Every year a handful of worthy games fly under the radar during the months leading up until their release. For whatever reason, some titles fail to generate the buzz they probably could garner under optimal conditions.
Remember Me might be the prime example of such a game this year. It's a game that surprised me when I began playing, and it presented enough interesting gameplay and narrative to keep me wanting to discover more about its beautifully realized world of Neo-Paris, 2084.
The title comes from Dontnod Entertainment, a developer composed mostly of former Ubisoft Paris veterans. You play as Nilin (the palindromes are strong with this one), a former memory hunter who has recently had her memory wiped of her thieving past.
The year is 2084 and Neo-Paris is a city where memories serve as a commodity. With the right cash, citizens can share and learn new memories to feel things they couldn't before.
Of course there's one evil corporation called Memorize that's monopolized the memory market with a product called Sensen. Because she can't remember most of her past, Nilin is "re-recruited" by the leader of a resistance faction that aims to bring Memorize down.
The futuristic city of Neo-Paris is an astonishing achievement not just in design but also in character. Remember Me shows influence from a handful of sci-fi franchises. It's equal parts "Minority Report" and "The Fifth Element," with moments that resemble "Blade Runner" and "Aeon Flux" (the cartoon, thankfully). The narrative is presented in ultrastylized cinematics and fictional commercials, all of which are reinforced through the digital propaganda projected on the sides of buildings and emblazoned in alleys through graffiti.
Neo-Paris is so impressive and complex that it makes Remember Me feel like an open-world game that's trapped inside a linear game. There's a clear path to follow that's exemplified by the breadcrumb markers that denote where to jump and climb. It's a shackling feeling at times because you'll pass so many interesting locales that you can't explore. It's simply not an option.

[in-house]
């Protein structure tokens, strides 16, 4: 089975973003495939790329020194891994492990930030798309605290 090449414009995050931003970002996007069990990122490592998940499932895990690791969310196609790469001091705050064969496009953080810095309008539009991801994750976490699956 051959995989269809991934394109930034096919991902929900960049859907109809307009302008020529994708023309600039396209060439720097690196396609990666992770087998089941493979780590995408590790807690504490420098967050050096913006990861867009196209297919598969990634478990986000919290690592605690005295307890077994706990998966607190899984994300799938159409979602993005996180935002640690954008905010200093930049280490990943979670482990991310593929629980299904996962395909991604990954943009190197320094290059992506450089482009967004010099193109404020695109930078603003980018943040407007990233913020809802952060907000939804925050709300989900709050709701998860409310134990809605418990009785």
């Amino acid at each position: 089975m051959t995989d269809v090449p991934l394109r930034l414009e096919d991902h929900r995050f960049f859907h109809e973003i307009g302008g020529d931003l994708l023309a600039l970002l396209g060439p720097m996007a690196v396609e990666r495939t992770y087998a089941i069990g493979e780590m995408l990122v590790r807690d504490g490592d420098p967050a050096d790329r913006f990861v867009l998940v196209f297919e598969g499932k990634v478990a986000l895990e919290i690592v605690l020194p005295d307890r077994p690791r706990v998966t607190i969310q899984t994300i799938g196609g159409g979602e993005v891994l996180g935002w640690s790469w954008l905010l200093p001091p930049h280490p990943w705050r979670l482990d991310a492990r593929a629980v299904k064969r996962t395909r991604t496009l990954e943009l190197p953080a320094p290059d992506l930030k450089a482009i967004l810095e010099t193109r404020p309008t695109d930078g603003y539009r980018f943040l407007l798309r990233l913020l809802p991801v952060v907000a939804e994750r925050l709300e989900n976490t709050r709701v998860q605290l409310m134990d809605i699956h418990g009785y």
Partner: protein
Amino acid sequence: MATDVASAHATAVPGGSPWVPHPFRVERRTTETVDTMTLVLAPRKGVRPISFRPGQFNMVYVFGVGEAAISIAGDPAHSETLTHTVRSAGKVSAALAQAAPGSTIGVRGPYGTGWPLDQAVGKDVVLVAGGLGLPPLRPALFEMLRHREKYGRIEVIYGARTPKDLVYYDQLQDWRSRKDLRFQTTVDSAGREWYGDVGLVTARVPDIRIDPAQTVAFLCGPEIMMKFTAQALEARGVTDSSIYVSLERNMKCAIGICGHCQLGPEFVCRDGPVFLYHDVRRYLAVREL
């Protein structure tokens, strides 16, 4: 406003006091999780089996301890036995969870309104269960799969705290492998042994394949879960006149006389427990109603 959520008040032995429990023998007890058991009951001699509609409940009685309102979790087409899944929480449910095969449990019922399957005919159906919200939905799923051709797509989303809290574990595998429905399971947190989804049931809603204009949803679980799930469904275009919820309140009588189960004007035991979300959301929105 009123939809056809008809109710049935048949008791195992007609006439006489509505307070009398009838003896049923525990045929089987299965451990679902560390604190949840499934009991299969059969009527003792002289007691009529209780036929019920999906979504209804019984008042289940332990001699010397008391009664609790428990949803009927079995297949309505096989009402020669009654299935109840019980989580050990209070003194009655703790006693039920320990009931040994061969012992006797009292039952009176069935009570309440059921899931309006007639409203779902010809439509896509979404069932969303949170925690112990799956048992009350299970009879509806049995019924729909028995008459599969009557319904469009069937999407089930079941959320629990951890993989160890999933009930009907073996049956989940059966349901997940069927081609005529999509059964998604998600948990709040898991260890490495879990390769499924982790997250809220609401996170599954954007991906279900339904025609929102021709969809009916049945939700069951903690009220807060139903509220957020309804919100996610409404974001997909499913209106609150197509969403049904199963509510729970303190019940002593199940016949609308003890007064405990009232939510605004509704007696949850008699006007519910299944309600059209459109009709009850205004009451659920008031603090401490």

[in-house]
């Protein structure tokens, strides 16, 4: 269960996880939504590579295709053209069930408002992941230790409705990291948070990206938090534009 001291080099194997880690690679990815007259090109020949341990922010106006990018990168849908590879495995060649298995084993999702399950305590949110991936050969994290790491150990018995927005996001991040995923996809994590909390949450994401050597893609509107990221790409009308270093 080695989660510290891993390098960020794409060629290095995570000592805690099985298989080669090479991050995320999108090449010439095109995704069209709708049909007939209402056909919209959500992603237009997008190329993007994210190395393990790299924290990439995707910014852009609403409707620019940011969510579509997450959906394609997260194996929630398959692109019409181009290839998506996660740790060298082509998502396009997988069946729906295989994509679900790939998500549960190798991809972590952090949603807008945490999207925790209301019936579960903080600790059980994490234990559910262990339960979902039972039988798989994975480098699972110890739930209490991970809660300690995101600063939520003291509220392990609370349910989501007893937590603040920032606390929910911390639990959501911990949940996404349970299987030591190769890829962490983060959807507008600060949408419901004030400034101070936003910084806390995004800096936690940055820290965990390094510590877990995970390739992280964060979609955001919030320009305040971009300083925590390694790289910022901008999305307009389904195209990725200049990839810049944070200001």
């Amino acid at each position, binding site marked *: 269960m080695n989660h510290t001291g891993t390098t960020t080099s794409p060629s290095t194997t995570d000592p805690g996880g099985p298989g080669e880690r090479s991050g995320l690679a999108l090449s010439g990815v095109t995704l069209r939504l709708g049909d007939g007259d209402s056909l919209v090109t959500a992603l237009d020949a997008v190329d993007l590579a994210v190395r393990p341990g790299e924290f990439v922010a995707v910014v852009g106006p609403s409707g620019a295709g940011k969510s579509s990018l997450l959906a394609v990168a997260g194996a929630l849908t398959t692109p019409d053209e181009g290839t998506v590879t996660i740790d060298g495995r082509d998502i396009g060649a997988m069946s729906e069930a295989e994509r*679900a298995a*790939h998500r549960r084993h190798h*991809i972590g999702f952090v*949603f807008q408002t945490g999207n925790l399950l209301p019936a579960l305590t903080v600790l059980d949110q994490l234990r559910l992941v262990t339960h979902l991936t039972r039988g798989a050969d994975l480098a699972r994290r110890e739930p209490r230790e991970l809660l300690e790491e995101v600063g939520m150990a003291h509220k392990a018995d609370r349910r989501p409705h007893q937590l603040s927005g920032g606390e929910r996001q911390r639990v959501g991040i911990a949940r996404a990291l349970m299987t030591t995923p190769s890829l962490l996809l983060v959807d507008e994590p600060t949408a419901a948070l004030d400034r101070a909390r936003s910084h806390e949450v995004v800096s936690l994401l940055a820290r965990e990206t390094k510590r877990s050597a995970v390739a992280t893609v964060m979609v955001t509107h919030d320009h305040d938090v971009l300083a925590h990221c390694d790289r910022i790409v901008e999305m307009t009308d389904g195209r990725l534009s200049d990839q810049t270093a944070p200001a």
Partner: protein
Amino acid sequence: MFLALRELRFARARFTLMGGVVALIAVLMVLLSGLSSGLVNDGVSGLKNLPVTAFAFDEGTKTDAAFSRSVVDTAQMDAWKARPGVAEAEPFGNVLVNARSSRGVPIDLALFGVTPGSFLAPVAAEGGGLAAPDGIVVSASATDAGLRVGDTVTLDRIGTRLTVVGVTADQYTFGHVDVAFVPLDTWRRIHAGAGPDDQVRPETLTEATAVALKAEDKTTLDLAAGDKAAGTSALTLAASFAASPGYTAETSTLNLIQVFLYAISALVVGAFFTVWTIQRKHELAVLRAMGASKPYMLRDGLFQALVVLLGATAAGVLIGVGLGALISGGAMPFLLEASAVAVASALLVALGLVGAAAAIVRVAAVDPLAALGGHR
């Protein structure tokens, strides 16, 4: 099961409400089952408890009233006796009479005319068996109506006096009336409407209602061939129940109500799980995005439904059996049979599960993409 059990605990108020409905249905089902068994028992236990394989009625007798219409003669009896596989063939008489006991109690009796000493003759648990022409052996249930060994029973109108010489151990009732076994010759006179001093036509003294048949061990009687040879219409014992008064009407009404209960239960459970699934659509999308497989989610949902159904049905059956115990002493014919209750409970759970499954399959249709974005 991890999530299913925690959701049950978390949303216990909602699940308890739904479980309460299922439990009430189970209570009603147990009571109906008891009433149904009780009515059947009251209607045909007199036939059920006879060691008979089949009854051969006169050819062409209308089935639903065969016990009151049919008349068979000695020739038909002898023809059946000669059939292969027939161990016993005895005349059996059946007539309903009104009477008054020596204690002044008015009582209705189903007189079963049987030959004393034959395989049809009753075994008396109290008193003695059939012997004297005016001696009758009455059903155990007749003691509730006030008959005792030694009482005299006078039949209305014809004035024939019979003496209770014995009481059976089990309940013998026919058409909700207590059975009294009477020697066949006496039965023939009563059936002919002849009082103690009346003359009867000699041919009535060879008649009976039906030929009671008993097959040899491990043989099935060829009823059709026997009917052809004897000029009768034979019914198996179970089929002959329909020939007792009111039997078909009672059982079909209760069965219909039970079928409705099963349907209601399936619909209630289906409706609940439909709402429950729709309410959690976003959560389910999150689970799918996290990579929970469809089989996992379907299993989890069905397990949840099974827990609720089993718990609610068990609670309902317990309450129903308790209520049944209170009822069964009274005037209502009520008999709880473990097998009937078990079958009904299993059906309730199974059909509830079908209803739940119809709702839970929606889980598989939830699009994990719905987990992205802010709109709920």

The times that I wanted more out of Remember Me were easily overshadowed by the inventive and satisfying mechanics the game introduces. The melee system is somewhat customizable, in the sense that you can decide which links in a combo chain offer perks when executed. You can design combos that work to regenerate health or cause more damage. It's a fresh take that really shines once you wrap your head around it, even if at times it can feel clunky.
The game also attempts to test your own memory. You'll be confronted with a still image floating in a level that gives away the location of a hidden item. Using the information detailed in the still, you must keep an eye out as you travel.
But by far the most exciting element in Remember Me has got to be what's called memory remixing. Nilin can scrub through other people's minds and alter their memories. Using a unique set of controls similar to a DVR, you'll need to interact with the right moments in a cut scene so that a specific objective is completed. The catch here is that not everything that can be changed is part of the correct formula. You'll need to rewind, fast-forward, and pause to line up the right combination of details.
A lot of the scaling of buildings and making your way through the different environments of Neo-Paris is presented with fluid, cinematic camera movements. Remember Me exudes a polish that goes above and beyond most action titles. That said, the controls can occasionally feel sluggish. It doesn't ruin the experience, but I wish things played more tightly than what's presented.
The visuals in Remember Me are top-notch. The game looks awesome on an Xbox 360 and even better on a high-end gaming PC. I played a few hours on a Digital Storm gaming laptop that bumped up the frame rate and improved texture quality and smoothness. If you have the means, PC is the way to go.
I was also very impressed with Remember Me's graphics packaging. There's a defined style throughout that makes effective use of a Helvetica-based typeface. The world is littered with this aesthetic. There's also a unique set of dazzling visual effects -- mostly during combat -- that separate the look and feel from other melee-heavy games you might have played before. It's also worth noting the masterfully engineered sound design in Remember Me that successfully delivers a futuristic tone on par with some of the best works in sci-fi film and games.
Remember Me is sure to make for a unique gameplay experience that should resonate with any type of gamer. Interestingly enough, it's hitting right before E3, a time of the year devoted to the future of games. So while it's easy to get caught up in what's ahead for gamers, Remember Me reminds us that there's still plenty of fuel left in the tank of current-gen software.
It's not perfect, but it's different. And in my opinion sometimes that's worth more.
CNET verdict: Highly recommended
Remember Me is breath of fresh air that's fantastically realized through a futuristic projection of Neo-Paris, 2084. It's smart, uniquely designed, and best of all brings new and exciting ways to play.
If there's anything to criticize, it's that Remember Me's brilliant setting is dying to be further explored and is perhaps held back by a mostly linear experience.
Be sure to check out GameSpot's take on Remember Me